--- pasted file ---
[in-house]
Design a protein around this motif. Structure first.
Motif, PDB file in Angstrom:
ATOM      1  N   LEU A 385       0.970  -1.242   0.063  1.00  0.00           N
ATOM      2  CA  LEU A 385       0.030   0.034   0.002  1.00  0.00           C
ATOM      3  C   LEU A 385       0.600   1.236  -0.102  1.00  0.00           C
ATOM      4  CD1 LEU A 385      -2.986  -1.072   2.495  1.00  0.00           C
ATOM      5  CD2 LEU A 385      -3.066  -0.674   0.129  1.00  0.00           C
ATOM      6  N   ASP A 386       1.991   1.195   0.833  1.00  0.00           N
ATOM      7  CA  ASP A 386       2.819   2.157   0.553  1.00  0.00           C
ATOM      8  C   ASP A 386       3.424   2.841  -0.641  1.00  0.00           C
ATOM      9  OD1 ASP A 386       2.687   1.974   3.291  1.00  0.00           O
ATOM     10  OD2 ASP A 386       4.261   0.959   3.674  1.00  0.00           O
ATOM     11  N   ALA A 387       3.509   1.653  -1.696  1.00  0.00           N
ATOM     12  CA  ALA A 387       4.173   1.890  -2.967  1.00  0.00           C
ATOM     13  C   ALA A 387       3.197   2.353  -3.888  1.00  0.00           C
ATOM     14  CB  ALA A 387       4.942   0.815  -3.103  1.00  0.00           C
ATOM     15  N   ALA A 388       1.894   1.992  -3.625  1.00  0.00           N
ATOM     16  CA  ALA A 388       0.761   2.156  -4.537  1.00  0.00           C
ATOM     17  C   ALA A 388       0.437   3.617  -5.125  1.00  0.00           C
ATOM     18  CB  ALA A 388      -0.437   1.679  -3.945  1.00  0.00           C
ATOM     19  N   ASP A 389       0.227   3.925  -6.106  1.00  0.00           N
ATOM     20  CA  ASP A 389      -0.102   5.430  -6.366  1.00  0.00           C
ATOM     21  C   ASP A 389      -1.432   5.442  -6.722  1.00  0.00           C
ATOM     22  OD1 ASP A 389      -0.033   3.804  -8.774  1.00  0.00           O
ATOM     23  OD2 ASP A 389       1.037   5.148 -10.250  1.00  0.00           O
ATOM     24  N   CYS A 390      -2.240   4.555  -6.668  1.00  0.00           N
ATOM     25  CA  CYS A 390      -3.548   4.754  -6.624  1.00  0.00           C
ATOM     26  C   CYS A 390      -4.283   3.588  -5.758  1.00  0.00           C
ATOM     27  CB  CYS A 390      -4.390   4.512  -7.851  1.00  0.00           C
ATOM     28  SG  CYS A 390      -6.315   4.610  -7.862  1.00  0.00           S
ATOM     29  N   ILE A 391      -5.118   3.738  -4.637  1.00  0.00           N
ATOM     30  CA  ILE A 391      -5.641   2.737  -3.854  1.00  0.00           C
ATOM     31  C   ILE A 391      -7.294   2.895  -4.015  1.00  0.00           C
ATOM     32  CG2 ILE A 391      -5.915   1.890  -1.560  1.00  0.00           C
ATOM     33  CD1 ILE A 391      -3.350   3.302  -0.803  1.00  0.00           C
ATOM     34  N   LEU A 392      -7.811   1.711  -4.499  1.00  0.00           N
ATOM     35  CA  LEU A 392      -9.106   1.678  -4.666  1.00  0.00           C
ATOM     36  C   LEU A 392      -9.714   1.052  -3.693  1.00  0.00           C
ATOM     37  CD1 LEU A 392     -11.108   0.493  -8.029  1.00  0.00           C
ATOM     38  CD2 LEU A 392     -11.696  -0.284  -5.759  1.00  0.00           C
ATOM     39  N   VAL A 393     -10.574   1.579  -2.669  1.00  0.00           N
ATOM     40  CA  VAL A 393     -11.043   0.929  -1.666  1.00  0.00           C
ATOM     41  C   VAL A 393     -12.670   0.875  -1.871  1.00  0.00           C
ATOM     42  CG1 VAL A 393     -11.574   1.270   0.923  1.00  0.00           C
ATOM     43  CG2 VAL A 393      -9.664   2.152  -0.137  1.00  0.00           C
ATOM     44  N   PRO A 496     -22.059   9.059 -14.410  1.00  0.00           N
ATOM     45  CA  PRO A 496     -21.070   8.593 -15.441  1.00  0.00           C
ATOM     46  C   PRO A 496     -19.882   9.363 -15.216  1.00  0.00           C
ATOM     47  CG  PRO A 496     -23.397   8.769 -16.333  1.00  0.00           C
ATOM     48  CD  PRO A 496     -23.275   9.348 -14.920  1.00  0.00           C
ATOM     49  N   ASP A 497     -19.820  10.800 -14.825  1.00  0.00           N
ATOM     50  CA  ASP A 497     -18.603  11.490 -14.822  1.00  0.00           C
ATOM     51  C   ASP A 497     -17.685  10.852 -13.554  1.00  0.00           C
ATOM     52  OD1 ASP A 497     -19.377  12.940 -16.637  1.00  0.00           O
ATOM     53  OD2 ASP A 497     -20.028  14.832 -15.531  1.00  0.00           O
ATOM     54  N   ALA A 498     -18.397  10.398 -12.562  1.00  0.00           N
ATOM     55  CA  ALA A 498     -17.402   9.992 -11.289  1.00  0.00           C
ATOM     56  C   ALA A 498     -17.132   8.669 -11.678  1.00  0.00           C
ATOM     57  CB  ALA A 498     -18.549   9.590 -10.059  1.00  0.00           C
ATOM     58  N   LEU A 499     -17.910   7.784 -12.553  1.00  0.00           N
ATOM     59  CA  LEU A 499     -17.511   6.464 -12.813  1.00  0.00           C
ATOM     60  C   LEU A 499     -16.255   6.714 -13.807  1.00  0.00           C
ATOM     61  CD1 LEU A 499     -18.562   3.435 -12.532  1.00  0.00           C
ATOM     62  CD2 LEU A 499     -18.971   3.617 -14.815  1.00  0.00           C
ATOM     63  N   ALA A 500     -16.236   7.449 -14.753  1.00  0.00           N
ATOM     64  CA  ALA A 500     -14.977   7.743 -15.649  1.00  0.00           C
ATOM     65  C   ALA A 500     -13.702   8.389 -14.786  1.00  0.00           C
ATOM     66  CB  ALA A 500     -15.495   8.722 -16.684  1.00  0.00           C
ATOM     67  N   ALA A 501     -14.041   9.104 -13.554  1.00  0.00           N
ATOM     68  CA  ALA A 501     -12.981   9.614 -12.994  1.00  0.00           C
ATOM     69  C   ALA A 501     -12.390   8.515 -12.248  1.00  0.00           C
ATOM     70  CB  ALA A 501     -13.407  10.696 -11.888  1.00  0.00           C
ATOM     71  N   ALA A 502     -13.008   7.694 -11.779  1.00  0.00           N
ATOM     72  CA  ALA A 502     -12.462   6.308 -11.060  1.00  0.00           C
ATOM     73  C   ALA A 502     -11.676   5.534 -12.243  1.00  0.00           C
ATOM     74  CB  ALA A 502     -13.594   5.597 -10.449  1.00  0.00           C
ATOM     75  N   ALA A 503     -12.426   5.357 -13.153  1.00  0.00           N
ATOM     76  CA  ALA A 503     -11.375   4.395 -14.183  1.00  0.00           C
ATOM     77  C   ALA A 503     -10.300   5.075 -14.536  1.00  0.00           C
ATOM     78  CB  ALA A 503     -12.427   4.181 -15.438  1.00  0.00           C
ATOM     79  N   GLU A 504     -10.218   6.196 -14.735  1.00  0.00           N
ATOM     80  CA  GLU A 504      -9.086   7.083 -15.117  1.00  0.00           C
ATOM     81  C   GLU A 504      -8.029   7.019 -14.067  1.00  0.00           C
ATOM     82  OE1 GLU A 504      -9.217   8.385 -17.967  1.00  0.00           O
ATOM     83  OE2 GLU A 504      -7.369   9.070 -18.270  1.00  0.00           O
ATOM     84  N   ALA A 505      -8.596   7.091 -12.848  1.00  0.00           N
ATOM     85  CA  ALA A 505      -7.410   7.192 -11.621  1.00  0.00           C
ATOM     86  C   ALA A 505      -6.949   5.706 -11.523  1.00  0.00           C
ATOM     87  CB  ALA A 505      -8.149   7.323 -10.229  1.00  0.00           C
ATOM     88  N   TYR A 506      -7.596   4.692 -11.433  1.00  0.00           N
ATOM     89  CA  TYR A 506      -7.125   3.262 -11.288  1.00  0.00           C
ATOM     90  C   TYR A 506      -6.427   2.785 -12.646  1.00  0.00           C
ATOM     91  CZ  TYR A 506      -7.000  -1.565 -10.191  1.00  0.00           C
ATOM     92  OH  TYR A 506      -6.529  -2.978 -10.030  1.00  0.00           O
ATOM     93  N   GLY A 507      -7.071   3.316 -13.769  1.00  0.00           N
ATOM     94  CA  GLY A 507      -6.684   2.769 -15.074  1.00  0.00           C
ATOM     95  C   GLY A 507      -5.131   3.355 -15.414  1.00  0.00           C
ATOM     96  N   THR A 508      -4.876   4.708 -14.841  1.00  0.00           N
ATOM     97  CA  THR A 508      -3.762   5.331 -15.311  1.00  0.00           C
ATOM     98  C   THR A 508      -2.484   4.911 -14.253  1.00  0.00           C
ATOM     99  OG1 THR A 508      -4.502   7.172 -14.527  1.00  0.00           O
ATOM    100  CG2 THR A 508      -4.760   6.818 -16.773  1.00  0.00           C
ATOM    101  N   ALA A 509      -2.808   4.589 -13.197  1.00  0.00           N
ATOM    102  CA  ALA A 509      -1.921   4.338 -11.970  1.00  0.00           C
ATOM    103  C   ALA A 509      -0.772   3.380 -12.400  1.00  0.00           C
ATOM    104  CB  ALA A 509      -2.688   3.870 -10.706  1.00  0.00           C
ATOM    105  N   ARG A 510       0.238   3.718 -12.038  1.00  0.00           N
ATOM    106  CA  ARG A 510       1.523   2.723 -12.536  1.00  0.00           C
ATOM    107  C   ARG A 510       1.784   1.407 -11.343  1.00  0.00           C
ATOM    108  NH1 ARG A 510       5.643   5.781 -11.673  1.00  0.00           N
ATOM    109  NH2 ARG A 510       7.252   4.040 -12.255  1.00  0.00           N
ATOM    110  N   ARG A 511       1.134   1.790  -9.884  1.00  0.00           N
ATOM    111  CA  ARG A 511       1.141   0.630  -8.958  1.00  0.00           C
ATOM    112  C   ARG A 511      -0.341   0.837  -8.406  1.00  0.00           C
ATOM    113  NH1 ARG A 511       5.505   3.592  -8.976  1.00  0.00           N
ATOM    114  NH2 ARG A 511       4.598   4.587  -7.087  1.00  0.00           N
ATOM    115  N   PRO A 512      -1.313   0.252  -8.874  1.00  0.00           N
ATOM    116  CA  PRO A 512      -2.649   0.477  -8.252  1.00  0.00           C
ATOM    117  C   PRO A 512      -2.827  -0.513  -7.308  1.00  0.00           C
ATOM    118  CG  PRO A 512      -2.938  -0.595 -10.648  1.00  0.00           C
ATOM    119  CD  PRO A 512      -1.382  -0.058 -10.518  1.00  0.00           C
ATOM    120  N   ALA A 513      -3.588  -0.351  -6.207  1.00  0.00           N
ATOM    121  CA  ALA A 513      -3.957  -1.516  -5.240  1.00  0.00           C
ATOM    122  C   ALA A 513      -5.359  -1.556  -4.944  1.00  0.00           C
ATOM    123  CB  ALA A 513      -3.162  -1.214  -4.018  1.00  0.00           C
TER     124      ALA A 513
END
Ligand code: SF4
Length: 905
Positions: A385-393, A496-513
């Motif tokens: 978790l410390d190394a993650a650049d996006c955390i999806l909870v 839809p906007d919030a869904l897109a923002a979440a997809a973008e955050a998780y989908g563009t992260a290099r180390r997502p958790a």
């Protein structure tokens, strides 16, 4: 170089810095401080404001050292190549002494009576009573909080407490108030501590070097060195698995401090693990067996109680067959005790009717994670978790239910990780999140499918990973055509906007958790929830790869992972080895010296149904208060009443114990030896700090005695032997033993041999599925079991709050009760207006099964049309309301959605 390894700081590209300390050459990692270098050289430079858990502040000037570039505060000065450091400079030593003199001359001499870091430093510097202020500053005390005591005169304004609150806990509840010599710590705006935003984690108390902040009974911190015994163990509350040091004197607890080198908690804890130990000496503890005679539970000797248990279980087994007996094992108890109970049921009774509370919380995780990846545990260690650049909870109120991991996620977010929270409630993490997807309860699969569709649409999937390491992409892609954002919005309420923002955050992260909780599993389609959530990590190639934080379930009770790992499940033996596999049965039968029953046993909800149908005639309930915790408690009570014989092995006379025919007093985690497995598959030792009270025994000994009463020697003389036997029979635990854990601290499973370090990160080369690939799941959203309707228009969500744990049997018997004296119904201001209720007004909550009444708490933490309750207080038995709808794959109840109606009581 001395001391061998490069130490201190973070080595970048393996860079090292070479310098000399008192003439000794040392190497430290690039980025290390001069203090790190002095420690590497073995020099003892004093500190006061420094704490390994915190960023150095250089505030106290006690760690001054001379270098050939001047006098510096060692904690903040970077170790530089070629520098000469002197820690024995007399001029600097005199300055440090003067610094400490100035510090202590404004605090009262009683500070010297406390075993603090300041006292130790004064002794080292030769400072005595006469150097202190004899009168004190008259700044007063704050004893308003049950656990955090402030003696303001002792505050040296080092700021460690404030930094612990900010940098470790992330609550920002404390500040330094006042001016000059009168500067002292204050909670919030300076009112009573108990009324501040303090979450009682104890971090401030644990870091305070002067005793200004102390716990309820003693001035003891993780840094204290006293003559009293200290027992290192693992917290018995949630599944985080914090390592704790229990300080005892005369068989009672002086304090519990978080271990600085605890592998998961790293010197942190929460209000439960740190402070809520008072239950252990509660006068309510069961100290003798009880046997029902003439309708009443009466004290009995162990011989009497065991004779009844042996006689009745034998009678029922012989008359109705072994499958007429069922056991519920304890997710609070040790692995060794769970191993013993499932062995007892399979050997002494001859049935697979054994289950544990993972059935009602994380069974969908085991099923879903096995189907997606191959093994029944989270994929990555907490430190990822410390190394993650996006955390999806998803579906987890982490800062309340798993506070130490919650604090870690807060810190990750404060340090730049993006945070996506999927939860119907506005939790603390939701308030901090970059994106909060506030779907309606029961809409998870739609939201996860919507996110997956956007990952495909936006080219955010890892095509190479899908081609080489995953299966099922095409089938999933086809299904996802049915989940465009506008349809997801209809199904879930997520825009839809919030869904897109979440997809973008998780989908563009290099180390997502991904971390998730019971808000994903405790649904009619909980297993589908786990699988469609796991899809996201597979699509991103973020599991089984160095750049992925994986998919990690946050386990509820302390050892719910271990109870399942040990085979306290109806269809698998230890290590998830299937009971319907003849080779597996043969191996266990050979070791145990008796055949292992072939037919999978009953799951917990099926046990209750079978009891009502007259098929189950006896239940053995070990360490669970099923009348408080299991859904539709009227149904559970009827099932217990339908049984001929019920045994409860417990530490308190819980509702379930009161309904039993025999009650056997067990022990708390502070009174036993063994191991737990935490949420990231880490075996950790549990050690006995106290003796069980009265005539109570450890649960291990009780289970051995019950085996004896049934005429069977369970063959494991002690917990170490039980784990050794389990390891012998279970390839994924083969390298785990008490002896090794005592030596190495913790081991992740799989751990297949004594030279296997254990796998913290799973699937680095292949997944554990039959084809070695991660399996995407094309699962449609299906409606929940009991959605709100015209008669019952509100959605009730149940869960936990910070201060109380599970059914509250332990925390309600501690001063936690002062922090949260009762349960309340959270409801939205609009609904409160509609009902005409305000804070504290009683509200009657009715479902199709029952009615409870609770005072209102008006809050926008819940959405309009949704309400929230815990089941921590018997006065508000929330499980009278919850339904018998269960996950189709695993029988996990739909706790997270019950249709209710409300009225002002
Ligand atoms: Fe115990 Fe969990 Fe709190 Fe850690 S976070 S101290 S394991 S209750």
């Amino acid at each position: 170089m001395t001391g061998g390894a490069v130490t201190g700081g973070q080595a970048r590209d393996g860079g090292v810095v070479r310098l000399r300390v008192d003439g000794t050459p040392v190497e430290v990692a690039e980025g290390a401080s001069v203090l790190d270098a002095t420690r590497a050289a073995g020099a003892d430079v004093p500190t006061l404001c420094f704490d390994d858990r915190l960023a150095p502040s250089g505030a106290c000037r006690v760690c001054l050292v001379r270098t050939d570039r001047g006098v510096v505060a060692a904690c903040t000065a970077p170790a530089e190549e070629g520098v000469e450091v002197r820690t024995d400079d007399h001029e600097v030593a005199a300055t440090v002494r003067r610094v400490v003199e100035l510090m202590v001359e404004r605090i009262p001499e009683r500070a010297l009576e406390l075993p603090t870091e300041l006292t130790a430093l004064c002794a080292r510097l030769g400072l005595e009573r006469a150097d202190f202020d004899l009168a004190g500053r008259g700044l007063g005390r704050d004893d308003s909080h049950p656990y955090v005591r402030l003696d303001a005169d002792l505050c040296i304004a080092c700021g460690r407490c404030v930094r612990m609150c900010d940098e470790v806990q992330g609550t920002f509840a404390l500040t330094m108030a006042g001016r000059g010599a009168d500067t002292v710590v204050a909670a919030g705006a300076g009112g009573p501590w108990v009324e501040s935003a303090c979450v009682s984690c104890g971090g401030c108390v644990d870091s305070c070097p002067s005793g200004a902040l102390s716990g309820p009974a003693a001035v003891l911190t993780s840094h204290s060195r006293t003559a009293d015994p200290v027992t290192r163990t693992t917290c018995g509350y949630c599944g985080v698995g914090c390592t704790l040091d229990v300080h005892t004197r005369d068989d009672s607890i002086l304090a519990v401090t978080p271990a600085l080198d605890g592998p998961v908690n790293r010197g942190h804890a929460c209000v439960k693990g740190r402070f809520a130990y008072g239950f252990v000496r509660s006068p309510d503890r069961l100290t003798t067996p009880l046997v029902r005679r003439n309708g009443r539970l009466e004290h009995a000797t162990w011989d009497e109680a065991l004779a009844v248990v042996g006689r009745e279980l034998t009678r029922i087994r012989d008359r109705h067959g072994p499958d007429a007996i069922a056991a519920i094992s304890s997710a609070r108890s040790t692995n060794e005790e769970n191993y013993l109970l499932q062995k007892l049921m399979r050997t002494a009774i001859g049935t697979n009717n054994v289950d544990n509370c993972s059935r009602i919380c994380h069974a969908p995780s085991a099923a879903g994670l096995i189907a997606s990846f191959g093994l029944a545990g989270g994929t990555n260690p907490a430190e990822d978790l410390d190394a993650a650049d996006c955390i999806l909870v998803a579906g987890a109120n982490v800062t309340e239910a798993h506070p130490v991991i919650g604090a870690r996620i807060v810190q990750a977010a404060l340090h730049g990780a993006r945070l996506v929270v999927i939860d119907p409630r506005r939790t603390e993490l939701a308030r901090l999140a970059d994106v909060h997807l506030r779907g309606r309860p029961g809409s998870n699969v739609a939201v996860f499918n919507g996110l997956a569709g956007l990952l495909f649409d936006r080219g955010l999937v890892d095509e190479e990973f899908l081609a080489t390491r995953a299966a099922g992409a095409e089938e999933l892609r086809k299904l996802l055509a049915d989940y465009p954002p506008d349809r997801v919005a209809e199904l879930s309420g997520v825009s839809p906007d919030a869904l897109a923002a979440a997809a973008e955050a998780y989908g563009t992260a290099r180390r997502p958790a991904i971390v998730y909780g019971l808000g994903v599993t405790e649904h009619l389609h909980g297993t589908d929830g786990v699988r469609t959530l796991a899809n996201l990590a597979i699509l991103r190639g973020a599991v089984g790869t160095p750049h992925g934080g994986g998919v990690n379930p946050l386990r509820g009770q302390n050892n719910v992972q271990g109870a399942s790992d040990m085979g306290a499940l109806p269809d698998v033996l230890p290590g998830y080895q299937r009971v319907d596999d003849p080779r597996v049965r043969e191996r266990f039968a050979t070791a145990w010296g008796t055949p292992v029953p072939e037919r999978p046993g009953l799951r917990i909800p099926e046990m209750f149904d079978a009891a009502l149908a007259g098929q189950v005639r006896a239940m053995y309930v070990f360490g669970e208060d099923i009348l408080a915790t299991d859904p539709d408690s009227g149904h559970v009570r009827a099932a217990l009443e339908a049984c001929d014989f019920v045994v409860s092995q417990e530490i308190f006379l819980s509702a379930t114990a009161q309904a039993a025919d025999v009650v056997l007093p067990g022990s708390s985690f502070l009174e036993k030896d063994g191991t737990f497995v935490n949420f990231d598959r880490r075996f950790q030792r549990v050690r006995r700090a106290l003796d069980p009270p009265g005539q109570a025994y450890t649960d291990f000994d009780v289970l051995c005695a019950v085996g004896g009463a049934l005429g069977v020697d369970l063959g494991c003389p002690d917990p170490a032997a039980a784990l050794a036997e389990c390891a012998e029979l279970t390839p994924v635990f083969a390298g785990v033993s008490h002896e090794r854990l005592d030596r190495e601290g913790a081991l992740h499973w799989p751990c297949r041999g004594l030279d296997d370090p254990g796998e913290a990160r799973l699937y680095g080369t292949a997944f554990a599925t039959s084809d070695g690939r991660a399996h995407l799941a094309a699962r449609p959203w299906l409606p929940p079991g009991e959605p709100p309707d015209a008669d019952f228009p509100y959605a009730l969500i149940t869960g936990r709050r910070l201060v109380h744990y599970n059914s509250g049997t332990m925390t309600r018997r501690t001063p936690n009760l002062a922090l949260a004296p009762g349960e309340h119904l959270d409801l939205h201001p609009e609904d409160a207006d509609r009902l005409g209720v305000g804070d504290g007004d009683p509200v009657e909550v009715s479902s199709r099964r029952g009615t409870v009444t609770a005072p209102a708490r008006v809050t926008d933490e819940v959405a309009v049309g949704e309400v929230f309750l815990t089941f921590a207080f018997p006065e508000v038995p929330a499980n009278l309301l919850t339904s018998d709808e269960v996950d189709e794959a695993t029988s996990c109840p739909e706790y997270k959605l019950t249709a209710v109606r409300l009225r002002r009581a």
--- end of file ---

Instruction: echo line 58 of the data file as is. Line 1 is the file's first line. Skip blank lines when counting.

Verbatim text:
ATOM     55  CA  ALA A 498     -17.402   9.992 -11.289  1.00  0.00           C